A trial of a massive deep-sea turbine offers the possibility of endless green energy

Particularly since the Fukushima nuclear disaster, Japan has been researching renewable energy as a feasible option for supplying electricity to its inhabitants. Wind and solar have received the majority of their investments thus far.

The country is already the third-largest solar power producer in the world and has made significant investments in offshore wind. However, neither of these sources of energy could give the same level of stability and dependability as ocean-based power systems.

For more than ten years, IHI Corp., a Japanese heavy machinery company, has been experimenting with a subsea turbine to capture deep ocean currents. The prototype, referred as Kairyu, is attached to the seafloor at depths of 100 to 160 feet. The structure of Kairyu resembles that of an airplane, with 2 counter-rotating turbine fans as well as a buoyancy adjustment mechanism.

The commercial idea is to install the turbines based in Kuroshio Current, which flows along Japan’s eastern coast and is among the strongest in the world and conveys the energy via seabed cables.

Ken Takagi, the University of Tokyo’s Graduate School of Frontier Sciences professor of ocean technology policy noted that Ocean currents possess an advantage in Japan in regard to accessibility. He continued to say that with its predominant higher latitudes and westerly winds, Europe is better geographically suited to wind power. As per NEDO (New Energy and Industrial Technology Development Organization), the Kuroshio Present may produce approximately 200 gigawatts or almost 60% of the country’s current production capacity.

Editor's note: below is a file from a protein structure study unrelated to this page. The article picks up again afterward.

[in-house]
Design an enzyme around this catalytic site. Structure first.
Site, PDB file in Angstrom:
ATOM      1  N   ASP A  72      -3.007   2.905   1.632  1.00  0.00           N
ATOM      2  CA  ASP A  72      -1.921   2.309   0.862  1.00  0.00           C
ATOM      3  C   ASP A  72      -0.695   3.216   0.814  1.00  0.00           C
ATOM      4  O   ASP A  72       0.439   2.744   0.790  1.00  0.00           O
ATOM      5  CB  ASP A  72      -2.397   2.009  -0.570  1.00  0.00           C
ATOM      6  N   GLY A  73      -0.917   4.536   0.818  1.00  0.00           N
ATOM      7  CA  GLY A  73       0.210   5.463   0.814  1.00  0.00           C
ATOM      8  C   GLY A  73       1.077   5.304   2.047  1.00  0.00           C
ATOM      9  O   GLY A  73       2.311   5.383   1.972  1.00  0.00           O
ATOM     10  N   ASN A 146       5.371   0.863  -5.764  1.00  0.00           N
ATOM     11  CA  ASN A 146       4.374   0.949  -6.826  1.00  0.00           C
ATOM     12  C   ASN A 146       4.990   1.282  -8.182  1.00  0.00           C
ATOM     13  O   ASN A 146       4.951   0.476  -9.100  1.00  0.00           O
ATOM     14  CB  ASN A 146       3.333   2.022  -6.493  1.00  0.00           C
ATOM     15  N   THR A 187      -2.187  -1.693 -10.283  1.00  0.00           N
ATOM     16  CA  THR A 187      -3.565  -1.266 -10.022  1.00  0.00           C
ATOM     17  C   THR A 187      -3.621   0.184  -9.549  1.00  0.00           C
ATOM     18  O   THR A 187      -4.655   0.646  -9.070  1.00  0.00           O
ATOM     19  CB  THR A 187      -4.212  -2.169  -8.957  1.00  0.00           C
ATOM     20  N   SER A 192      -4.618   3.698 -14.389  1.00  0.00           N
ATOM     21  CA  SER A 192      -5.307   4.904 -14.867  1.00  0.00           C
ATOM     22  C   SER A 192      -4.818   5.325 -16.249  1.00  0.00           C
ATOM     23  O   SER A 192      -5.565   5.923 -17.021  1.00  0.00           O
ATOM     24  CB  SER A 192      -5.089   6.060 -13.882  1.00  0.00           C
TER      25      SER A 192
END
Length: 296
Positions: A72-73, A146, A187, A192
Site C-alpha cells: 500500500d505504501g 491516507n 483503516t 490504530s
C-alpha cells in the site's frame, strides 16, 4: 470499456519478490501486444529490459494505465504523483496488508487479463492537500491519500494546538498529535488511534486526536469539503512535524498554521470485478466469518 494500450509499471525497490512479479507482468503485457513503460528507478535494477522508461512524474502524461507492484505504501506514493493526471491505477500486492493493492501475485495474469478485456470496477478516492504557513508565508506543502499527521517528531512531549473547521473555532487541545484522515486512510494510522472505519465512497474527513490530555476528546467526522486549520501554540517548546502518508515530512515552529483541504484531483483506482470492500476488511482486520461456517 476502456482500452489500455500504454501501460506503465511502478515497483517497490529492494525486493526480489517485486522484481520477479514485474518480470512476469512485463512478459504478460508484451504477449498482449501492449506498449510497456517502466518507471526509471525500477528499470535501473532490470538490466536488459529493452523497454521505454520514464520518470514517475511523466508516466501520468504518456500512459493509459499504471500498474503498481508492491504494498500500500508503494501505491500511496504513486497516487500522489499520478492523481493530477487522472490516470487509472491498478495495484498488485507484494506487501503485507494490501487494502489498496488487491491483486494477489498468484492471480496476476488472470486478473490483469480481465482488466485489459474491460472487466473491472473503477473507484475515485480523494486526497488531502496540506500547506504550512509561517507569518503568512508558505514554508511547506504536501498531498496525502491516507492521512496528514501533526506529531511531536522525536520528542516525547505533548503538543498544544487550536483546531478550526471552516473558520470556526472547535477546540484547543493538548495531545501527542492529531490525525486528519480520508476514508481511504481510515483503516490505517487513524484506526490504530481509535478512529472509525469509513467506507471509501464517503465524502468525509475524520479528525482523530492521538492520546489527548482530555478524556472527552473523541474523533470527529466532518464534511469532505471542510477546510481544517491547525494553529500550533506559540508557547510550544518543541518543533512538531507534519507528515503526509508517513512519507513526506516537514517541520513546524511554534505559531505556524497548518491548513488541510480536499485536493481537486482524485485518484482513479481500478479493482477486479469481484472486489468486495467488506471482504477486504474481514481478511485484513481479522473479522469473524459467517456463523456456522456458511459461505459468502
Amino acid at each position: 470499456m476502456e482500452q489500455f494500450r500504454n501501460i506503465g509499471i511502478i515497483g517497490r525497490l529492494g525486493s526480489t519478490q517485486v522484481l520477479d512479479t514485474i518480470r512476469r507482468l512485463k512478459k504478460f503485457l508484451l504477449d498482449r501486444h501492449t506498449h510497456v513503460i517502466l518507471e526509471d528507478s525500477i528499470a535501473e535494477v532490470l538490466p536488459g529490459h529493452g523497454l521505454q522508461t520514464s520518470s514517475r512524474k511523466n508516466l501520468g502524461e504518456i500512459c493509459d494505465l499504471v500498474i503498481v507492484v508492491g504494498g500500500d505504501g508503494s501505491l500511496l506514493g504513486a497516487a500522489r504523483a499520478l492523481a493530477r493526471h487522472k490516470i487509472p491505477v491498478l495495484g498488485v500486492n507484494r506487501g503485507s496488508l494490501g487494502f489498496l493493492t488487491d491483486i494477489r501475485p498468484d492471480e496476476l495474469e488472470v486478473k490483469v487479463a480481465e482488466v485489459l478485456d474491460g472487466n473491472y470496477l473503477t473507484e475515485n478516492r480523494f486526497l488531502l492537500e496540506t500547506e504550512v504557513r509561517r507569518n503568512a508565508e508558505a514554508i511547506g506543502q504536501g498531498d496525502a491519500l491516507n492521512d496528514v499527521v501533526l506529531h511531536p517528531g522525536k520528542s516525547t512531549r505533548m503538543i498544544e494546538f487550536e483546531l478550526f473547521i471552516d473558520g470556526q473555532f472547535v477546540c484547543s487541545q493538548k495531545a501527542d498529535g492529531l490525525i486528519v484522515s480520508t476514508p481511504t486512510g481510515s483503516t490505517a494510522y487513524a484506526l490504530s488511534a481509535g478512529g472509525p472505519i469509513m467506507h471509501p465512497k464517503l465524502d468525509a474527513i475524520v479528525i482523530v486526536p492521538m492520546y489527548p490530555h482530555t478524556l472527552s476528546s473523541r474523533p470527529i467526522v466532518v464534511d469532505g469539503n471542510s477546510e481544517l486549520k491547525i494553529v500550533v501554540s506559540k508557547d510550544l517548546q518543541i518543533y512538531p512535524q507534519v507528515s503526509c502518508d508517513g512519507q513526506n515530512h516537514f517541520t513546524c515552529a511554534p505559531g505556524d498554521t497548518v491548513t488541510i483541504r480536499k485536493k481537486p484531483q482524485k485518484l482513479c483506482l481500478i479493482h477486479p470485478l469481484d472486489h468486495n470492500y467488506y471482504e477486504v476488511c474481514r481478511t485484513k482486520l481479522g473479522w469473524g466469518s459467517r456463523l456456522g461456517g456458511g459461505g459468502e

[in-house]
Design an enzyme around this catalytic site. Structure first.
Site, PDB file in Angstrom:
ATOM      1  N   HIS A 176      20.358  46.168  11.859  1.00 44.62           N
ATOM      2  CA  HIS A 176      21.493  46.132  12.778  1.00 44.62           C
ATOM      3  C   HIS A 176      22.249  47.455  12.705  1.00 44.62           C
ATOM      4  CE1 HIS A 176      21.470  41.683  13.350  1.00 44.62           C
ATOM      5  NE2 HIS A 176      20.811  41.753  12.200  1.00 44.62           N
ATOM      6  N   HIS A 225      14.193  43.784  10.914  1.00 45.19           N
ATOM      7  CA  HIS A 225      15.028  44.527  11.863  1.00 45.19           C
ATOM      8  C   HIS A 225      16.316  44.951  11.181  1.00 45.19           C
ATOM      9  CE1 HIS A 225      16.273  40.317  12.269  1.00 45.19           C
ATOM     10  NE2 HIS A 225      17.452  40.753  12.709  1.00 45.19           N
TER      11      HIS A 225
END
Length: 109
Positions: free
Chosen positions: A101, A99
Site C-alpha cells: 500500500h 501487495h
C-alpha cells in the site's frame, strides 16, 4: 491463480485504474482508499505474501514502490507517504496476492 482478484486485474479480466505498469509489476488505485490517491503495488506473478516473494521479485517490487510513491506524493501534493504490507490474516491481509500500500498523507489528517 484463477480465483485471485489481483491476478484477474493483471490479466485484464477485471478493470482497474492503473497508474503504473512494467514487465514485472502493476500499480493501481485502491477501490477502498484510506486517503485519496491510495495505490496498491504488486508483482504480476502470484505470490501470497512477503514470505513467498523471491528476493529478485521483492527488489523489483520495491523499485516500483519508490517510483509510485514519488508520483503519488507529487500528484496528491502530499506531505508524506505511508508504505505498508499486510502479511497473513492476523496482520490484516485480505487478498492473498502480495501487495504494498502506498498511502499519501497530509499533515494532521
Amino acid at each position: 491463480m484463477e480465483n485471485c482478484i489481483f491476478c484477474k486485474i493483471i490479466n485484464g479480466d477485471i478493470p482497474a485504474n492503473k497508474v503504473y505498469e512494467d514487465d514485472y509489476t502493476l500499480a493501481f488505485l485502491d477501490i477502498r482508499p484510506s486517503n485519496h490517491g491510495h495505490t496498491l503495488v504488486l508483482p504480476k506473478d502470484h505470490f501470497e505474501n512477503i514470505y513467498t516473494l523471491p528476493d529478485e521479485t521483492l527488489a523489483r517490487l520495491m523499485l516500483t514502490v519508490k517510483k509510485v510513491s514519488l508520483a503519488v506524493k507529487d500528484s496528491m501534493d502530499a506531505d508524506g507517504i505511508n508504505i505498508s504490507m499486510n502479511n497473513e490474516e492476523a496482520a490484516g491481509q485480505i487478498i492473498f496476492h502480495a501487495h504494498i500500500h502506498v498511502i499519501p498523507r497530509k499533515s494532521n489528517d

In February, IHI and NEDO finished a three-and-a-half-year technology demonstration study. Its crew tested this system in the coastal waters of the Tokara Islands based in southwestern Japan, interrupting Kairyu and transferring electricity back to it. The ship was first propelled to generate an artificial current, and afterward, the Kuroshio’s turbines were turned off.

Installing the undersea systems is one of the primary challenges that the organization will face. Another big worry is how these devices would impact undersea marine life, which must be thoroughly investigated before they are adopted. Deep ocean currents, on the other hand, could play a key role in our transition from fossil fuels to renewable energy if these technologies succeed.

The prototype was proven to have capability of being able to produce the projected 100 kilowatts of dependable electricity, and the firm is currently designing a full 2 MW that might be functional in the 2030s or later.

IHI’s work, as per Angus McCrone, an ex BloombergNEF chief editor as well as maritime energy analyst, might aid Japan’s engineering in taking the lead with government backing. He noted that being a technical leader in this segment may benefit Japan, stressing that IHI needs to make a strong argument.

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